Were this analysis to be run today, to reflect the sale in November of One Main to Springleaf for $4.5bn, we would expect the loss-estimate to fall by $3bn or more. In practice, as commented in our note of September 21st, we see the narrow emerging-market risk as over-discounted given the quality of the loan portfolio. Within the institutional clients group (ICG), 60% of emerging market loans of $235bn are in treasury and trade solutions or the private bank; of the remaining 40% which is traditional corporate lending most of the exposure (e.g. nearly 70% in China) is to the local subsidiaries of large multinationals. Within the global consumer bank (GCB), China accounts for only ~5% of emerging market loans of just under $110bn and the targeting of loans to affluent and emerging affluent consumers means that even in Brazil, where economic conditions are dire, the loss ratio has not risen above 5.5% (compared with 0.6% in China currently).

Valuation

We reiterate our price-target of $65/share for C from our note of September 21, 2015 corresponding to an aggregate valuation of $200bn. This, in turn, is generated by treating the core portion of the bank (CitiCorp) separately from the non-core portion (CitiHoldings) and adjusting valuation to take account of the very large deferred tax asset (DTA). Specifically, if CitiCorp were standalone and not saddled with a DTA, it would have generated an ROTCE in 2015H1 of 14% (see Exhibit 2) conservatively consistent, under the standard regression for banks, with a valuation of 1.4x tangible book of $125bn or $175bn.

Exhibit 2: Impact of CitiHoldings and Deferred Tax Asset on Citigroup Returns for 2015H1

Source: Company Reports

As discussed below, we value the remaining ~$50bn of average tangible common equity (TCE), supporting the DTA and CitiHoldings, at $25bn generating a total firm-wide valuation of $200bn or $65/share:

  1. DTA (supported by $33bn of TCE): In practice, the benefit of running-off the DTA is that it converts the supporting TCE, which is excluded from regulatory capital calculations[1], to CET1 capital at a rate that is currently ~$5bn/year (see Exhibit 3). Assuming this continues for a further 6 years, until the DTA of just over $30bn is exhausted, the present value at a 10% discount rate is ~$20bn.

Exhibit 3: DTA Utilization Accelerates Formation of Regulatory Capital at C

Source: Company Reports

  1. CitiHoldings (supported by $17bn of TCE before adjusting for sale of One Main): Since 2011, Citi holdings assets have fallen by $144bn to the current level of $116bn and now represent just 6% of the firm-wide balance sheet (albeit ~13% of risk-weighted assets at $169bn[2] with the excess over GAAP assets due to operating risk). Management has indicated there are $32bn of asset-sales in the pipeline and committed to winding down the business in an “economically rational” manner while “staying above breakeven”. Indeed, with the $4.5bn sale to SpringLeaf of One Main (included in the above $32bn and likely to generate a capital gain of ~$1bn) which is a significant contributor to profits, CFO John Gerspach expects to maintain CitiHoldings at “no worse than breakeven on an annual basis”.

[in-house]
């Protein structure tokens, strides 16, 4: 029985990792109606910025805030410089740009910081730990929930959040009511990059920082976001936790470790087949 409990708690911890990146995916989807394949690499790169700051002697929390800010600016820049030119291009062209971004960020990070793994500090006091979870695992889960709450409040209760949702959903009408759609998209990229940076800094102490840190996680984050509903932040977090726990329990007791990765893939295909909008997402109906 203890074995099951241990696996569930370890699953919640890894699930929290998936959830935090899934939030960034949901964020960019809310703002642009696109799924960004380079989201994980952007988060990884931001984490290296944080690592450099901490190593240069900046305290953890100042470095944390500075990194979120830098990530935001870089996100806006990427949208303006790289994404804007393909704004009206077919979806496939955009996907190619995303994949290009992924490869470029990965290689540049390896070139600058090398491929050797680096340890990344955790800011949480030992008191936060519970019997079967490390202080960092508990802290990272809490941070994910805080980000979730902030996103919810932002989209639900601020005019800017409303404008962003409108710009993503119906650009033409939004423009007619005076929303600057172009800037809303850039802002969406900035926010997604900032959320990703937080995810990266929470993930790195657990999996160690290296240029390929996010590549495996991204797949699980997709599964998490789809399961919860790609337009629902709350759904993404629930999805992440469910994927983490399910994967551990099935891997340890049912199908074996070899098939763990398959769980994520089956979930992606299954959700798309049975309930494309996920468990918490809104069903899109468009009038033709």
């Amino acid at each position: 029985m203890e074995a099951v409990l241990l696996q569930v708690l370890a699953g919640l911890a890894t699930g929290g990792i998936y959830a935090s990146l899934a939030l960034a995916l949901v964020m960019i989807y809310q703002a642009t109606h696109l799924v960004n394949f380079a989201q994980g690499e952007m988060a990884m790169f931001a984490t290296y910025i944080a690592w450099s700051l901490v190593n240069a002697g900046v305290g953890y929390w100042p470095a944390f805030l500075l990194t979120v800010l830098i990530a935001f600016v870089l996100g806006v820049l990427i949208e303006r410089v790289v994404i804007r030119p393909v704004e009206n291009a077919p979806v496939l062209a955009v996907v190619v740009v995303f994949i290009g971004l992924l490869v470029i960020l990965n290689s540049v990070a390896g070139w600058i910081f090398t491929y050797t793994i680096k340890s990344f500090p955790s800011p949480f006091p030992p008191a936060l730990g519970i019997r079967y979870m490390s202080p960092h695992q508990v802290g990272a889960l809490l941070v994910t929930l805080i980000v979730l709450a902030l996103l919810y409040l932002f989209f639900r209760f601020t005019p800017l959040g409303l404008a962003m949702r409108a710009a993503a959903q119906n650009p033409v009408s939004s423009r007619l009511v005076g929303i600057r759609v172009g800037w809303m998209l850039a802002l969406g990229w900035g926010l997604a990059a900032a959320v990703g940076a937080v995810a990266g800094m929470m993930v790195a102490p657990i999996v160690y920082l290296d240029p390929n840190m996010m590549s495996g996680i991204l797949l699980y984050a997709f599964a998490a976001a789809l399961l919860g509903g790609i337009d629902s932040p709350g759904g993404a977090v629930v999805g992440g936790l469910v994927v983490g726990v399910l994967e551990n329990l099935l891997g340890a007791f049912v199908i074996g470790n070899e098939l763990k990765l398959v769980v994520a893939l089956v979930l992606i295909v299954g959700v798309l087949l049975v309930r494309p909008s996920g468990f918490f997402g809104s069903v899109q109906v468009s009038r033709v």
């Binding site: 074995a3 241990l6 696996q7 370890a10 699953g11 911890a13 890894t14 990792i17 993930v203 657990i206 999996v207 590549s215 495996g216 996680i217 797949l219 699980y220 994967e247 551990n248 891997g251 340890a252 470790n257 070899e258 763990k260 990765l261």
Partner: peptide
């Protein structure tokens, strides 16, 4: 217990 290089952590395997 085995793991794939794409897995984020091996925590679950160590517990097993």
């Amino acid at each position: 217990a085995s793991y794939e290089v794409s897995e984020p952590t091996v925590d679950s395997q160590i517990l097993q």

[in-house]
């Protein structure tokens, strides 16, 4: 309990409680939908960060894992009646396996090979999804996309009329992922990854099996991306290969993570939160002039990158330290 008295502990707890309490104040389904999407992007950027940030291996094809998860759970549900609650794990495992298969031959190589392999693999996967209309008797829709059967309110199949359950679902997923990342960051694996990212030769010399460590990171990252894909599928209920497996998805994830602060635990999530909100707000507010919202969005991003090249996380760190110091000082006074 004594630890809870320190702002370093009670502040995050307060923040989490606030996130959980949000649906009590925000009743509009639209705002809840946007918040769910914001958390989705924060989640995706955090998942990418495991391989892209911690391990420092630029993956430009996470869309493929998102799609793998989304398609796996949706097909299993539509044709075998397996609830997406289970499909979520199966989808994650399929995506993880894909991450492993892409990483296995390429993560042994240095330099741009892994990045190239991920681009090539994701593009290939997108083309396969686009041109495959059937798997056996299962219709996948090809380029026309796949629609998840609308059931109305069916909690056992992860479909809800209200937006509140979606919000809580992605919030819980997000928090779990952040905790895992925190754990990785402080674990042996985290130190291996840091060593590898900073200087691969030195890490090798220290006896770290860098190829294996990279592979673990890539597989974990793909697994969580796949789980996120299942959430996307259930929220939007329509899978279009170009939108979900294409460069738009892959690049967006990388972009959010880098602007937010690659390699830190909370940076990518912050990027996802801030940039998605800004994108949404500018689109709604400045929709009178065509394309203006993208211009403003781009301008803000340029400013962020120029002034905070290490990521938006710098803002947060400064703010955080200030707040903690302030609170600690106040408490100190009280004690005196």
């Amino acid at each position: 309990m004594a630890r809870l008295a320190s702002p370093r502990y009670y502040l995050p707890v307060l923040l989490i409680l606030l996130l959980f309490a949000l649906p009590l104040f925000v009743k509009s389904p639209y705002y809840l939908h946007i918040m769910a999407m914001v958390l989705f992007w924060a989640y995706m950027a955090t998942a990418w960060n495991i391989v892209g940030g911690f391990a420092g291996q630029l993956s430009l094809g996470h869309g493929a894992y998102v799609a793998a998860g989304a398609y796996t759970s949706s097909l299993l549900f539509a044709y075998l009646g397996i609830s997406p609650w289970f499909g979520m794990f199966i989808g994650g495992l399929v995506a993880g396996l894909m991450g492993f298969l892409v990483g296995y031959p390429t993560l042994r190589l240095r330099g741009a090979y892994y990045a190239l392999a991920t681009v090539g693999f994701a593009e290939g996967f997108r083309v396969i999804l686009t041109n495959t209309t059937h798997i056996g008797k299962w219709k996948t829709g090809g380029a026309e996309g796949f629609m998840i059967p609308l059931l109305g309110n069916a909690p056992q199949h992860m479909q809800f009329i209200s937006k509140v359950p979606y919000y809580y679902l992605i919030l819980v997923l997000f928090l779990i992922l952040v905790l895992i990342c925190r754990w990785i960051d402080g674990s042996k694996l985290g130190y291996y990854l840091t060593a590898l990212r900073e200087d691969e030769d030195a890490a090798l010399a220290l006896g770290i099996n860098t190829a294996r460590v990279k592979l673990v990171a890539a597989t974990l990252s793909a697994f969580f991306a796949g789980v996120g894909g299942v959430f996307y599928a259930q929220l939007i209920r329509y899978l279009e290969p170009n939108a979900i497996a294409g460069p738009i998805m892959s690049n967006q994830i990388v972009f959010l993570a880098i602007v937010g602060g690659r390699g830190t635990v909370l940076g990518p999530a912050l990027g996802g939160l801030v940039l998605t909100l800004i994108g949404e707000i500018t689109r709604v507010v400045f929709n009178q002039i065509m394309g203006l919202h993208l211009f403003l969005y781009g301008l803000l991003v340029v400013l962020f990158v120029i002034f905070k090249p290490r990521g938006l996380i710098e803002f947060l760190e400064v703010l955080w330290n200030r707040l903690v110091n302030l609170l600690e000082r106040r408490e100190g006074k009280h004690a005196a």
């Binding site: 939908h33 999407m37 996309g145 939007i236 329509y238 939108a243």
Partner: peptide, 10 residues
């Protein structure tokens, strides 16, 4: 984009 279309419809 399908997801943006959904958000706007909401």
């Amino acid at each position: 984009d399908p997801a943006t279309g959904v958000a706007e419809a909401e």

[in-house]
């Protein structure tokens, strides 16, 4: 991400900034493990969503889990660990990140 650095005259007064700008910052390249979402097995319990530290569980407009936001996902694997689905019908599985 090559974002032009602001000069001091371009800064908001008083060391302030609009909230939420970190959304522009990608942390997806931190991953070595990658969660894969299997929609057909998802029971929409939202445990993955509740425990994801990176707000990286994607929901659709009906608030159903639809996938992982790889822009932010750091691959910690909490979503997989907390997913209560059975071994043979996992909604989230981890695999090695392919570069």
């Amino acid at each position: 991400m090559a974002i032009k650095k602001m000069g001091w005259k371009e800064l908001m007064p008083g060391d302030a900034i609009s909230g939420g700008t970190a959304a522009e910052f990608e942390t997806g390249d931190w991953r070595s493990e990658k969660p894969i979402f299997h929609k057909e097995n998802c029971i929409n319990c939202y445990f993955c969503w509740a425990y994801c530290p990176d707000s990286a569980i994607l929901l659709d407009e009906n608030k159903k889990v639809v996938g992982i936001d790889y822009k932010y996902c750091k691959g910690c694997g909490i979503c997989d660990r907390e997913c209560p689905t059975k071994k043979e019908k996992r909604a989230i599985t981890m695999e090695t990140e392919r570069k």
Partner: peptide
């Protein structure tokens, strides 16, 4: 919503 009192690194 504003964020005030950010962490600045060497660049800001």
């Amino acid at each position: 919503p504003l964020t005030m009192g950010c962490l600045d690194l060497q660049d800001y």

Within CitiHoldings, ~90% of assets are consumer-related and with the consumer loan portfolio being ~$54bn (see Exhibit 4). The run-off rates vary with North America residential first mortgages declining 30% over the last year while home equity balances are down less at 15% largely because there is a limited market for the latter given uncertainty over the credit-impact of rate-resets. At the current run-off rate of ~$1bn/quarter, the home equity book has a duration of ~6 years suggesting a similar haircut to the TCE associated with the DTA and, if applied across all of CitiHoldings, a valuation of ~$10bn. This is likely conservative given that residential first mortgages are running-off more quickly than home-equity and that the marketability of home-equity loans will likely improve as the portfolio demonstrates credit-resilience through the reset period of the next couple of years[3].

Exhibit 4: CitiHoldings Loan Portfolio (includes One Main)

Source: Company Reports

Appendix: C Model

©2016, SSR LLC, 1055 Washington Blvd, Stamford, CT 06901. All rights reserved. The information contained in this report has been obtained from sources believed to be reliable, and its accuracy and completeness is not guaranteed. No representation or warranty, express or implied, is made as to the fairness, accuracy, completeness or correctness of the information and opinions contained herein.  The views and other information provided are subject to change without notice.  This report is issued without regard to the specific investment objectives, financial situation or particular needs of any specific recipient and is not construed as a solicitation or an offer to buy or sell any securities or related financial instruments. Past performance is not necessarily a guide to future results. The analyst principally responsible for the preparation of this research or a member of the analyst’s household holds a long equity position in the following stocks: JPM, BAC, C, WFC, and GS.

  1. As of 2015Q2, $31.6bn of DTA was excluded from CET1
  2. Firm-wide RWA is $1.279bn of which $325bn is related to operating risk.
  3. Half of the CitiHoldings home equity portfolio resets over 2015-2017.